The medal is the highest civilian award — a companion to the better-known Medal of Honor for military valor — and Trump used the moment to lavish praise on Rivera, a Panamanian immigrant who rose to stardom in the Big Apple as, in the president’s words, “maybe the greatest pitcher of all time.” The president seemed at ease and steered clear of overt political references.
In all, the ceremony was the kind of feel-good, controversy-free photo op that is rare in the Trump era, and it represented something of a new model for this president to deal with athletes at a time when many — especially those who are racial minorities — have publicly boycotted the Trump White House and denounced his policies and rhetoric.
Rivera was the third former professional athlete to be awarded the Medal of Freedom in the past month, joining former National Basketball Association stars Bob Cousy and Jerry West. In May, Trump bestowed the honor on golfer Tiger Woods, an occasional business partner of the president.
Since Trump awarded his first batch of civilian medals in November to a group that included former National Football League greats Roger Staubach and Alan Page, seven of the 12 people who have received the award under Trump have been athletic heroes.
The president’s eagerness to honor ex-jocks was punctuated when he compared Rivera to another former Yankees star.
“This year, Mariano became the first player unanimously elected to the baseball Hall of Fame,” Trump read from his notes, before ad-libbing a question. “Out of curiosity, Babe Ruth was not unanimous?”
Trump had posthumously awarded Ruth the medal last year, presenting it to his grandson Thomas Stevens.
Trump is not the first president to recognize sports figures. Barack Obama, whose 123 awards were the most of any president, honored at least a dozen former professional athletes over eight years. But Trump is on pace to break that mark if he has a second term.
Christopher Devine, an assistant professor of political science at the University of Dayton in Ohio who has studied the history of the Medal of Freedom, said Trump waited longer than other presidents to present his first batch of medals — more than 1½ years after taking office.
Since then, Trump has quickened his pace, Devine said, and he appears to favor feting individuals rather than groups, as Obama preferred, bestowing the honor one at a time.
The appeal for Trump, Devine suggested, is that “this is an event that he can control completely — it’s up to him to choose who to give it to. Trump is someone who has really emphasized winning, so he probably finds it empowering to stand side-by-side and honor winners.”
While the Pentagon submits nominations for the Medal of Honor, U.S. presidents have traditionally enjoyed complete discretion on the Medal of Freedom, which has taken on political overtones.
Past presidents have honored musicians, actors, politicians, scientists, authors, astronauts and even foreign leaders. Trump, like his predecessors, has honored some political allies, donors and supporters.
In that regard, Rivera, a co-chair of the President’s Council on Sports, Fitness and Nutrition, has close ties to Trump’s White House. In July, Rivera defended his support for the president after the Daily Beast published a lengthy, critical story accusing the former player of using his star power to promote Trump’s agenda.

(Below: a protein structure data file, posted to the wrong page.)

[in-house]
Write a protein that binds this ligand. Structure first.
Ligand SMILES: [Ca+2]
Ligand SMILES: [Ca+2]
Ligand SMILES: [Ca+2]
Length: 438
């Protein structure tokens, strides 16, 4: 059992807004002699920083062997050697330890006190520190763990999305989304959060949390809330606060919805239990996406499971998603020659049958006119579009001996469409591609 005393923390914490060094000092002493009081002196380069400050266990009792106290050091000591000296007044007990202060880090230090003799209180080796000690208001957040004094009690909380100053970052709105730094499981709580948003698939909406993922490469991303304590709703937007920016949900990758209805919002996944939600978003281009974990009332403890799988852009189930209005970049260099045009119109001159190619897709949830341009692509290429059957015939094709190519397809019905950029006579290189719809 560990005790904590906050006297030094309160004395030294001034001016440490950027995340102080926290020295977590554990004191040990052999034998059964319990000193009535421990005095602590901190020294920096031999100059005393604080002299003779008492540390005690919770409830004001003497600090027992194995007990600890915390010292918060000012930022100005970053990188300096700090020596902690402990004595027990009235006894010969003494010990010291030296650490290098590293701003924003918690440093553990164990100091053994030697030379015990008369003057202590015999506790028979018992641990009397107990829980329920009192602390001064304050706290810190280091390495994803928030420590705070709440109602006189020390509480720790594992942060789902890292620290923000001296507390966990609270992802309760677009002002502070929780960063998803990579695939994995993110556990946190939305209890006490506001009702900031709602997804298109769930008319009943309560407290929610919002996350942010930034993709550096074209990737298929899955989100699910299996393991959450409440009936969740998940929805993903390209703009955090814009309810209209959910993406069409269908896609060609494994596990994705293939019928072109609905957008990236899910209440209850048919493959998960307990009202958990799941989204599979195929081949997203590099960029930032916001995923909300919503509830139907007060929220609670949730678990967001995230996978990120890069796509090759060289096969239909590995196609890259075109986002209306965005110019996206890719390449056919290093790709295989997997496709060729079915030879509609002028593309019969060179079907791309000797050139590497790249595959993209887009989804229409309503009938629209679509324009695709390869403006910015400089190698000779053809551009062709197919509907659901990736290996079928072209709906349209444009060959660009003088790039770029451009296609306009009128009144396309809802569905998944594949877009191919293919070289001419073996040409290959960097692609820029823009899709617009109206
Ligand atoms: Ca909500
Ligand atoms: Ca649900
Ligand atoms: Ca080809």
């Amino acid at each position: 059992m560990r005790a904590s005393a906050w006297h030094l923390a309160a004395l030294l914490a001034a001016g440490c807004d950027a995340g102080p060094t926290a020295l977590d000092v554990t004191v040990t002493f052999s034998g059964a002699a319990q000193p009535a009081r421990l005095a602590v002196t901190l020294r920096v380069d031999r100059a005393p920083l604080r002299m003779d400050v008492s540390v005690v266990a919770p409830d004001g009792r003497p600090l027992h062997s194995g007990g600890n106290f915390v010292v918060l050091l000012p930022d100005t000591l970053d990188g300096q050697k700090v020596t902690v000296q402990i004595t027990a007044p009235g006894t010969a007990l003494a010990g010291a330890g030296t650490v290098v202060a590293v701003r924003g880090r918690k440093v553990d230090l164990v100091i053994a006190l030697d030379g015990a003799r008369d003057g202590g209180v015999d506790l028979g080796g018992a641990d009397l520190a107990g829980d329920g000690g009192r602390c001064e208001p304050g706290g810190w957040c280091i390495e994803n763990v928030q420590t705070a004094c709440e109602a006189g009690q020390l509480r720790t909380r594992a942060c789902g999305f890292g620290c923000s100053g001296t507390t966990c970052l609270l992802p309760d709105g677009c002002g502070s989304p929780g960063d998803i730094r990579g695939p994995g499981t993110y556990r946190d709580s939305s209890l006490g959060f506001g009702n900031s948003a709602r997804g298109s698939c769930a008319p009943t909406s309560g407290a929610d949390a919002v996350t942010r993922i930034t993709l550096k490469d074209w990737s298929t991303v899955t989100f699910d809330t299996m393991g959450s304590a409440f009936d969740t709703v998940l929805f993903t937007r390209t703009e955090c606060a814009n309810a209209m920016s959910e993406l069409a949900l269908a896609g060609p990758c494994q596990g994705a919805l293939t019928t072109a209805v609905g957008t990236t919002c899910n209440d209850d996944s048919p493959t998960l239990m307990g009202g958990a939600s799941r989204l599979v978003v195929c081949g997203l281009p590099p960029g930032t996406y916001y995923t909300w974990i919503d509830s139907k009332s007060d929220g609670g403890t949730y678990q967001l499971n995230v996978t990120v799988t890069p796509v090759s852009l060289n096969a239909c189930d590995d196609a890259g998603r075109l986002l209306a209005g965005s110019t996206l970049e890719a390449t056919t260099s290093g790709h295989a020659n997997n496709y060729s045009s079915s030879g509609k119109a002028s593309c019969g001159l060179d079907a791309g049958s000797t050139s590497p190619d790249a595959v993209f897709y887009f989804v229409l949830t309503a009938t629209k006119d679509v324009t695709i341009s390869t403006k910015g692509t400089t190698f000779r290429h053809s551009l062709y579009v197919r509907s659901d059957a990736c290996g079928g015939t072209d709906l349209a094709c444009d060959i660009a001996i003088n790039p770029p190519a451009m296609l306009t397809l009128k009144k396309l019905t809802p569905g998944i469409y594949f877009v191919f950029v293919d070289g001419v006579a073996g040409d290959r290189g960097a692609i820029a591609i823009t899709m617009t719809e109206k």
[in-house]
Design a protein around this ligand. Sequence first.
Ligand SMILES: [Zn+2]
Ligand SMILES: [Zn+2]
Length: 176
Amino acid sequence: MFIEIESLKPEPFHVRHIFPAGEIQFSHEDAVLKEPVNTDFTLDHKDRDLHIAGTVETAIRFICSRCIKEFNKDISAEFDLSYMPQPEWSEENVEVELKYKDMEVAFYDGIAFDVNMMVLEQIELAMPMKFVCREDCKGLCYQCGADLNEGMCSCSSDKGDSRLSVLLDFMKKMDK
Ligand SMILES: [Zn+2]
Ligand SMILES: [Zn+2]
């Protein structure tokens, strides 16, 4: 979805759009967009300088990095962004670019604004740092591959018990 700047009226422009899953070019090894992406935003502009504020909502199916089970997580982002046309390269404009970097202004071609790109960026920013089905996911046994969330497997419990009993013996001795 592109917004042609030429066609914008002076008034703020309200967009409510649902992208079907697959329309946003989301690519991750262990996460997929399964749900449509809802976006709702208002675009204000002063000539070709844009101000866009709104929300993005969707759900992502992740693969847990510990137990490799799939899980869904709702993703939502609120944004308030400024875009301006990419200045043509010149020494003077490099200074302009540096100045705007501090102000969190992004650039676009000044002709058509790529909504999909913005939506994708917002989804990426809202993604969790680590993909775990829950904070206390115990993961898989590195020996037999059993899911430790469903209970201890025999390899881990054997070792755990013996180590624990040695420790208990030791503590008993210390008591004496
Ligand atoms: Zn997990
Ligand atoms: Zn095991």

“He was a friend of mine before he became president,” Rivera said in July during an appearance on “Fox & Friends.” “So because he’s president, I will turn my back on him? No. I respect him. I respect what he does, and I believe he’s doing the best for the United States of America.”
Like Woods, Rivera has had business ties to Trump. In 2014 and 2015, Rivera’s foundation hosted fundraiser golf tournaments at Trump’s course in Westchester County, N.Y., according to news reports and archived pages from the charity’s website. The charity said in tax filings that it spent a combined $368,375 on those tournaments but did not specify how much of that went to Trump. The tournament moved to another site in 2016.
Not all the athletes who have been honored have supported Trump’s policies. Page, who became the first black justice on the Minnesota Supreme Court, had been critical of the president but said he would put politics aside to accept the honor.
Others have been more supportive. Cousy, the 91-year-old Boston Celtics legend, in his remarks at the White House called Trump “the most extraordinary president in my lifetime.” After public criticism, Cousy told Boston Globe columnist Dan Shaughnessy that he had specifically used the word “extraordinary” to connote different meanings “in the mind of the beholder.”
On Monday, Trump reveled in Rivera’s exploits and highlighted his charitable foundation. But it was Rivera’s brief turn at the lectern that was more remarkable, as he brushed up, perhaps inadvertently, against politically sensitive boundaries.
Reflecting on his early days in the United States three decades ago, he spoke of feeling depressed because he did not speak English. It was only after two teammates helped him learn did his spirits improve and his career take off, Rivera said, standing next to a president who has pushed an immigration policy that would prioritize English proficiency for migrants seeking green cards.
“I’m proud to be an American,” said Rivera, who became a naturalized U.S. citizen in 2015. The audience stood to applaud.
The president clapped, too, before departing the stage to the strains to Frank Sinatra’s “New York, New York.”
David A. Fahrenthold contributed to this report.